“This isn’t about one issue among many,” writes Esquire blogger Charles P. Pierce. “This is about the one great issue of our time, and one of our political parties is pretending it’s not happening, and the other major political party is pretending that it’s just another topic for a 30-second spot. It doesn’t matter what kind of healthcare plan you pass if people can’t live on the land, and if the land can’t produce food.”

If you find yourself looking up at the flailing leadership of the Democratic Party and are considering a run against an incumbent because you believe you can do better, watch out: Party leadership has a plan for that. “The Democratic Congressional Campaign Committee warned political strategists and vendors Thursday night that if they support candidates mounting primary challenges against incumbent House Democrats, the party will cut them off from business,” reported Akela Lacy for The Intercept in late March.

It’s a good thing this rule was not in place before the 2018 midterms. Otherwise, Reps. Alexandria Ocasio-Cortez (D-New York), Ayanna Pressley (D-Massachusetts), Lucy McBath (D-Georgia), Ilhan Omar (D-Minnesota), Rashida Tlaib (D-Michigan) and other exemplary members of the House freshman class would have been bricked by the party during the primaries.

Ocasio-Cortez and Pressley knocked off long-serving incumbents to win their seats, so this rule is for upstarts like them. As far as the leadership of the Democratic Party is concerned, empowering women of color is great until they threaten its own power.

Also, former senator and vice president (and current party insider) Joe Biden, the frontrunner in the presidential race, spent the last week staggering through crises over plagiarism, abortion and contraception. On Tuesday, CBS News dug up the transcript from a 1995 Senate hearing where Biden described the once and future attorney general, William Barr, as “one of the best I have ever worked with.” The hearing in question was on the subject of “enhancing the effectiveness of incarceration.”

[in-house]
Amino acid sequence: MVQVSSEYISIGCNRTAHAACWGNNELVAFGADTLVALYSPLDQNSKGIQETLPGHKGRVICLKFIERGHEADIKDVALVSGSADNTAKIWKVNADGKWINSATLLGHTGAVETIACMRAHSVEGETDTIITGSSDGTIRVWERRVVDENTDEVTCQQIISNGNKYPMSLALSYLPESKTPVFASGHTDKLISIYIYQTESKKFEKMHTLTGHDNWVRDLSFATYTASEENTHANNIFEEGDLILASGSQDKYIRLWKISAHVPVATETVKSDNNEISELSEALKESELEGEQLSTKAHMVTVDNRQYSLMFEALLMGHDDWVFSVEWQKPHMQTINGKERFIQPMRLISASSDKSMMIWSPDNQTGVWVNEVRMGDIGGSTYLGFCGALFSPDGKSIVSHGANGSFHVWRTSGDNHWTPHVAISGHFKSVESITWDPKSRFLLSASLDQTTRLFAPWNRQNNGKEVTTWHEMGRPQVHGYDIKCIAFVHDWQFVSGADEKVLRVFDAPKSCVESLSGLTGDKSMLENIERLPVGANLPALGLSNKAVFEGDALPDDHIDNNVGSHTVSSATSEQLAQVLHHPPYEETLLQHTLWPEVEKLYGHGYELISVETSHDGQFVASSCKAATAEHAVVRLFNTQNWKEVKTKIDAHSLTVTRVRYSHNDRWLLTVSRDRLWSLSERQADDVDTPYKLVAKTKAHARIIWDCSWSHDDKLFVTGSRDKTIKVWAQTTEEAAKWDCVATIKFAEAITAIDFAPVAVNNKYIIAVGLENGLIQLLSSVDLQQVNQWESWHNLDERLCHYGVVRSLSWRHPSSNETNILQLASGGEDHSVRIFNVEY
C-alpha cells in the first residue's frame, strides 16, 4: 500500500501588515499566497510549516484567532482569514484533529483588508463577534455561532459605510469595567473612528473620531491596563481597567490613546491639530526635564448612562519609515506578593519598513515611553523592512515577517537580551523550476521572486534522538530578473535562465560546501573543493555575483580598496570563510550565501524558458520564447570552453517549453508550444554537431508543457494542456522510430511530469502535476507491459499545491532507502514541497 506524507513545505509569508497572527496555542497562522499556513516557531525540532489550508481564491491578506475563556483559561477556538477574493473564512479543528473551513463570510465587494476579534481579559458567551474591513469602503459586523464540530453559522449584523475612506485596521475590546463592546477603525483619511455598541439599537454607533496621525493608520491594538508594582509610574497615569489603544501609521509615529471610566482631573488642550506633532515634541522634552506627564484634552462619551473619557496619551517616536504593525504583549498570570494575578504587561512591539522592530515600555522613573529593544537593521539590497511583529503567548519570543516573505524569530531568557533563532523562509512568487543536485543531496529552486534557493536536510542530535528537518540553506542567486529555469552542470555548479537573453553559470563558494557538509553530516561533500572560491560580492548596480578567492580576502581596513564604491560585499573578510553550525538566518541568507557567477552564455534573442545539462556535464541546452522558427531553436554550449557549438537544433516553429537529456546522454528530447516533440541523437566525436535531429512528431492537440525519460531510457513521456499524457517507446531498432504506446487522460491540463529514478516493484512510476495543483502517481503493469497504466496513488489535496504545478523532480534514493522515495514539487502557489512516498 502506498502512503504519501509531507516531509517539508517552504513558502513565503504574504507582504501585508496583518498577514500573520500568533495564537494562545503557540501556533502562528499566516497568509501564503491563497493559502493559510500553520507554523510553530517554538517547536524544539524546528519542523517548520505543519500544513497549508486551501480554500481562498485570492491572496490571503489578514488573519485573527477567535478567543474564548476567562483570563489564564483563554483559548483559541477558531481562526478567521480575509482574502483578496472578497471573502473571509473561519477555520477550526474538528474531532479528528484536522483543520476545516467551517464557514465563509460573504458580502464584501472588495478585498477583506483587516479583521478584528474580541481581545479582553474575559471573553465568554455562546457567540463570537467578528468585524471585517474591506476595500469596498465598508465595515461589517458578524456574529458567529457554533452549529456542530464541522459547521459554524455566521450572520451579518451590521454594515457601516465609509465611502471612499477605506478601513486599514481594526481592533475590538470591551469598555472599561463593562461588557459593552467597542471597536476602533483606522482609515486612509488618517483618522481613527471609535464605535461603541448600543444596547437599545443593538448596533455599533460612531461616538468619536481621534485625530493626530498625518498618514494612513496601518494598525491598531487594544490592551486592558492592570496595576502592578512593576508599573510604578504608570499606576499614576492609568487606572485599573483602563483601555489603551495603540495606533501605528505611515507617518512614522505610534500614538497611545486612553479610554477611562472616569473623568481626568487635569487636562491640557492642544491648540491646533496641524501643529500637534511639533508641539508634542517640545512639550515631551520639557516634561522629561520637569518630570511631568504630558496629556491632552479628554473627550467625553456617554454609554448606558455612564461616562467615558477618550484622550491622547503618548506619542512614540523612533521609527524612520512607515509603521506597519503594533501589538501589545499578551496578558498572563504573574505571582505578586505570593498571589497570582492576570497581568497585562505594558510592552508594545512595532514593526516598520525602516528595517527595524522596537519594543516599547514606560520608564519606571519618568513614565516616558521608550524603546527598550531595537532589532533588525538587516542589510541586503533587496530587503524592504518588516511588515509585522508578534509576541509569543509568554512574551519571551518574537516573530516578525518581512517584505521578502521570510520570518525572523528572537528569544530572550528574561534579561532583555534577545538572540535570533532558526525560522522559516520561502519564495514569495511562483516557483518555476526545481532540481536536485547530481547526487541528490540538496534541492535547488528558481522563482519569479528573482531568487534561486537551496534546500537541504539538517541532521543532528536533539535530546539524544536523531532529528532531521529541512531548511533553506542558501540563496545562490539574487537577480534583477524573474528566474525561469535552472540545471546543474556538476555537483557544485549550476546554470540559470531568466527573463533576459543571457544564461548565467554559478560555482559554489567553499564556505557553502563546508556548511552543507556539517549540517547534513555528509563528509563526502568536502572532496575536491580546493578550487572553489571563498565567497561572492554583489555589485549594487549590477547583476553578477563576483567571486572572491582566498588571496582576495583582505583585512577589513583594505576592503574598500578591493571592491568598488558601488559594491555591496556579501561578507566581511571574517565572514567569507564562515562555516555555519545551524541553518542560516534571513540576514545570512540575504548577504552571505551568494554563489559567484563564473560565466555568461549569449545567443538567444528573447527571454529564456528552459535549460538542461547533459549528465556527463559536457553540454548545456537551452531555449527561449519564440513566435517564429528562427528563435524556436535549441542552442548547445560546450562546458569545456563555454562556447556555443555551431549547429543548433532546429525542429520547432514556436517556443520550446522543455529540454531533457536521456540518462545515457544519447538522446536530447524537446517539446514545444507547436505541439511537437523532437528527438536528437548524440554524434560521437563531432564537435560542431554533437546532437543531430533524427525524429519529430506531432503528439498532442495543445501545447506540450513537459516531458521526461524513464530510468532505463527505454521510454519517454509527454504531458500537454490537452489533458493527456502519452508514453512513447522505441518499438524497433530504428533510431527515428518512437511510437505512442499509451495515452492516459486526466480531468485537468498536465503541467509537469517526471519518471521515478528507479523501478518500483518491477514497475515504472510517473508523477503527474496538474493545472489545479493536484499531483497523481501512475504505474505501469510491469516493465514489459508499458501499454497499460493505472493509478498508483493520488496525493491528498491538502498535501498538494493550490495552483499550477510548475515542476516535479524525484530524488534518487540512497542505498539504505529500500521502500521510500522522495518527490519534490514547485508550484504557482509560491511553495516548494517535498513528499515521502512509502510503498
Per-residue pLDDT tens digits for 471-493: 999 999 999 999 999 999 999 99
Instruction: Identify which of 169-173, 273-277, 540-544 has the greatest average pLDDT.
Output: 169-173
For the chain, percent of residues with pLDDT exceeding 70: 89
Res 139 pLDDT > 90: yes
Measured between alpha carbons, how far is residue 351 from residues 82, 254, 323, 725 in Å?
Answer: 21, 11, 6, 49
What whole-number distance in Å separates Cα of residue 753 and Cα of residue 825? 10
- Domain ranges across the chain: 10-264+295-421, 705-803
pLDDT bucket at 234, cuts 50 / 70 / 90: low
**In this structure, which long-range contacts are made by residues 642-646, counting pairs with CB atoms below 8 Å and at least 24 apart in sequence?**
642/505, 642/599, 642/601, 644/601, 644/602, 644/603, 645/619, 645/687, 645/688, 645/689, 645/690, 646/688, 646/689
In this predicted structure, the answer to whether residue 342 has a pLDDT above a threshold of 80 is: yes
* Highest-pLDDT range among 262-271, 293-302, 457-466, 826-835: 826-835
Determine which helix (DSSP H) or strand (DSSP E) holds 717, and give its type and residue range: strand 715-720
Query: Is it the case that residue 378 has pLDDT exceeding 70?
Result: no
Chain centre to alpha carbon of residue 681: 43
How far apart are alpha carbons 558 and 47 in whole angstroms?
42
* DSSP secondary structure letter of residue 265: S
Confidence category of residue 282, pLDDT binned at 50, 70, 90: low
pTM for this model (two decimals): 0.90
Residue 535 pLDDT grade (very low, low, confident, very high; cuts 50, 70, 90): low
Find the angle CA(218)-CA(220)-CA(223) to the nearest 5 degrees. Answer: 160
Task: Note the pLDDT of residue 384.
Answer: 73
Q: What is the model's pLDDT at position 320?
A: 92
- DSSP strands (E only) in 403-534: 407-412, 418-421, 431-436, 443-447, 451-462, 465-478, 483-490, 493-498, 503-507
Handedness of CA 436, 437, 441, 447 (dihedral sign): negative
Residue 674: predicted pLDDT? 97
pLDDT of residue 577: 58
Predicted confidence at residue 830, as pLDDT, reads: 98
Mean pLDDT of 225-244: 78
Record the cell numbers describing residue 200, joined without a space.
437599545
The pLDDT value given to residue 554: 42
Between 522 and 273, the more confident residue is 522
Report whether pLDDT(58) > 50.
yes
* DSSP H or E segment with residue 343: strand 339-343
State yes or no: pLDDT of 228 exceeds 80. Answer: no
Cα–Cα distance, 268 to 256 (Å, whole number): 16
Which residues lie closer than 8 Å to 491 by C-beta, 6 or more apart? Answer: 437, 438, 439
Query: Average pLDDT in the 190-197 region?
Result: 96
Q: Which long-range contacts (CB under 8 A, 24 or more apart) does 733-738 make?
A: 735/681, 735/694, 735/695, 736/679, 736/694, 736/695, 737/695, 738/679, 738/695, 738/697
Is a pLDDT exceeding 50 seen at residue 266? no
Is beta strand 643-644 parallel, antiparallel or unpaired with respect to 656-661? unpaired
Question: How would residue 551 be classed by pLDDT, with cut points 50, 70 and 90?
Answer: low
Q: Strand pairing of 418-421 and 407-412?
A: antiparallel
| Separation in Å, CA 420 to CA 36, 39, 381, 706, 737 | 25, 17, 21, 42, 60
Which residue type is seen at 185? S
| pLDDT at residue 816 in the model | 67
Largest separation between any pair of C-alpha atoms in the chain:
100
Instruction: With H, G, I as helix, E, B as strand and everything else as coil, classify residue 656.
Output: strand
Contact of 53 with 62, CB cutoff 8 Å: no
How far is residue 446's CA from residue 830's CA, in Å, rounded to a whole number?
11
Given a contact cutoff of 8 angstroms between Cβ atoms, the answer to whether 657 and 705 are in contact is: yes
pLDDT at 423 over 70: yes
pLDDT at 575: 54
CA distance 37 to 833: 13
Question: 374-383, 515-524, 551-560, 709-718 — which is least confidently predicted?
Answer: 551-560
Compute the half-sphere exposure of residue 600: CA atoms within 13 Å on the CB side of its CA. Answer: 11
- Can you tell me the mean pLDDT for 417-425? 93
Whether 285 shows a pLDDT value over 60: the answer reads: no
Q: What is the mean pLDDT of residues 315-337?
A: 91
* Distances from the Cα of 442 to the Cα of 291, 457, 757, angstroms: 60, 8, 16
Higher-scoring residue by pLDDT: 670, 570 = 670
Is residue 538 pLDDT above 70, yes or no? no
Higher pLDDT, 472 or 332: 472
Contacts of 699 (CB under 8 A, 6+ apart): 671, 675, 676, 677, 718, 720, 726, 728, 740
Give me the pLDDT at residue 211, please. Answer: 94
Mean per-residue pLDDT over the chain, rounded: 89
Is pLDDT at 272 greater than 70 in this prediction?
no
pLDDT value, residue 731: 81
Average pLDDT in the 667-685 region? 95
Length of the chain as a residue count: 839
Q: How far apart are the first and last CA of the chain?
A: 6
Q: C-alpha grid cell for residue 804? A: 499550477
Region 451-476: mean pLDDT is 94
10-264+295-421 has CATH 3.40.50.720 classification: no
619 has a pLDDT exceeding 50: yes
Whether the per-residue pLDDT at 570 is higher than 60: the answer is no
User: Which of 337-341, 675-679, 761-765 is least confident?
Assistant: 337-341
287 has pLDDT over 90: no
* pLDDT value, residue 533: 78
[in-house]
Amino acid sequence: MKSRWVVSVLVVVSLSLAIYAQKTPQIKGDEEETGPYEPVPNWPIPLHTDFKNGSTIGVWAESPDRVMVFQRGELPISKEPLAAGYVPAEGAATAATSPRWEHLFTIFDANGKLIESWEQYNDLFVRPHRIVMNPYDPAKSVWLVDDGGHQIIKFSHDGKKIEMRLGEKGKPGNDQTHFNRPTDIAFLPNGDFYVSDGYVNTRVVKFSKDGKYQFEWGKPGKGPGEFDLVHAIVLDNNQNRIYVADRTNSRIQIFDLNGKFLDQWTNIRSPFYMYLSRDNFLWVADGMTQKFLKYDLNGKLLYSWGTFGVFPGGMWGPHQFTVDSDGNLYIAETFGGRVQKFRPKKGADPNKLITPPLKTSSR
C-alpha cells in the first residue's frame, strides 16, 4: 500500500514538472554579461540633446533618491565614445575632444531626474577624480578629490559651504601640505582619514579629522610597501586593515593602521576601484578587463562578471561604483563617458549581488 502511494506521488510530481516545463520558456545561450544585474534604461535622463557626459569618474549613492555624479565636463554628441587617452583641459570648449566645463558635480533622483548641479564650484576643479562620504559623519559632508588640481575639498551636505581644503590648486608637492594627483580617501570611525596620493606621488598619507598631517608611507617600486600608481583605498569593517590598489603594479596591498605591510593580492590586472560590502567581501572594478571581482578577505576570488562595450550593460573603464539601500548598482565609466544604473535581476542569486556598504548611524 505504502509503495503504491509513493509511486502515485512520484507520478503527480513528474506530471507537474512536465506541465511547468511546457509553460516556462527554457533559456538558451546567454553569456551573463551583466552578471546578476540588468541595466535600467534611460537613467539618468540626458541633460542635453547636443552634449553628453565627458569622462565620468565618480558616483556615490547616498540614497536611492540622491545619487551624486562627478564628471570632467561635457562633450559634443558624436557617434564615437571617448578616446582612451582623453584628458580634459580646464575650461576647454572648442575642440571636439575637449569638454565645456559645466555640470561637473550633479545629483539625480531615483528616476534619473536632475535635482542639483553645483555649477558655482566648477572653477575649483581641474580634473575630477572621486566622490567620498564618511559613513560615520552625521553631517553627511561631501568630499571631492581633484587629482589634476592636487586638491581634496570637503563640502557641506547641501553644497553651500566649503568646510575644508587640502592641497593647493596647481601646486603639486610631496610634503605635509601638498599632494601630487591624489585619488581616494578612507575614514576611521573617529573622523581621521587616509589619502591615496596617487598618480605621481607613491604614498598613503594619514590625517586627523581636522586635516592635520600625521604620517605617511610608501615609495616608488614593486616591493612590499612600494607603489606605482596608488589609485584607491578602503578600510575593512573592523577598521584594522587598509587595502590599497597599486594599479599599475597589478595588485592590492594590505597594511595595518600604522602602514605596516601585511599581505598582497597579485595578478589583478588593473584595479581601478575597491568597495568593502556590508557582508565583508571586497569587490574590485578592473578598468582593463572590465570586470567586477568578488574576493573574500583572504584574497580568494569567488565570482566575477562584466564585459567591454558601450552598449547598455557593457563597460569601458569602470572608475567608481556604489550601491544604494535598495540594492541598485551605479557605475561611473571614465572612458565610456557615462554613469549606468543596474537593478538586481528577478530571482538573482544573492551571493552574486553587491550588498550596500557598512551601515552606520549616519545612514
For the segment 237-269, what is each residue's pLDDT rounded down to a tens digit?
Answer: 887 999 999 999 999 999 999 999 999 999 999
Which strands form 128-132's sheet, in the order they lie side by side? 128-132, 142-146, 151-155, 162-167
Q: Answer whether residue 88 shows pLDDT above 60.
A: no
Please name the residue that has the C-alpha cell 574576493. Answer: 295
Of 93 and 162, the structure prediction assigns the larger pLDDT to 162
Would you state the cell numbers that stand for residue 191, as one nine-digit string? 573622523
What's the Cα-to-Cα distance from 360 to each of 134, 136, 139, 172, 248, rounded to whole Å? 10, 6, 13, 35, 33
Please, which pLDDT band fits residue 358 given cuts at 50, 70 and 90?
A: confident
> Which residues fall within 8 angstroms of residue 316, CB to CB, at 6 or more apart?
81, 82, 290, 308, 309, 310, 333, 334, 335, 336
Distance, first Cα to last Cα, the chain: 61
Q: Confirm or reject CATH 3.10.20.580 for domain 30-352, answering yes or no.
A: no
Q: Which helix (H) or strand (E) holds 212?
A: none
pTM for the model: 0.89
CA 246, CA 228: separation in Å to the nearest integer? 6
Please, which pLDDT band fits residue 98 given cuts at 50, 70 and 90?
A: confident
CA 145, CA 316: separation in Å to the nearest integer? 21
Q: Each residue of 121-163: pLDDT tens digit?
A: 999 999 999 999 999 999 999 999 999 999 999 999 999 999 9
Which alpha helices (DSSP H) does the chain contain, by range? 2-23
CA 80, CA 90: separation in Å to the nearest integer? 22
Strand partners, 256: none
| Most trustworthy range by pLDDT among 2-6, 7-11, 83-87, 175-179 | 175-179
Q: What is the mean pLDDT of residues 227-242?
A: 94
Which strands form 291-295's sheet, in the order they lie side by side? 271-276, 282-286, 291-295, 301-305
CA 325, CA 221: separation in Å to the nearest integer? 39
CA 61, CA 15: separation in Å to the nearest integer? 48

The man has 22 different presidential campaigns along with the White House digging through dirt to blunt his momentum. All they need to do is leaf through his congressional and prior campaign records, because Biden 3.0 makes its own opposition gravy.

So squats the current state of the Democratic Party. If this parade of strategic calamity and gutless short-sightedness continues apace, and we have every reason to expect it will, Donald Trump won’t have to work hard to keep his job. It almost makes you wonder if these Democratic “leaders” actually want Trump to be re-elected. After all, he is such a spectacular foil for fundraising.

Hmmm.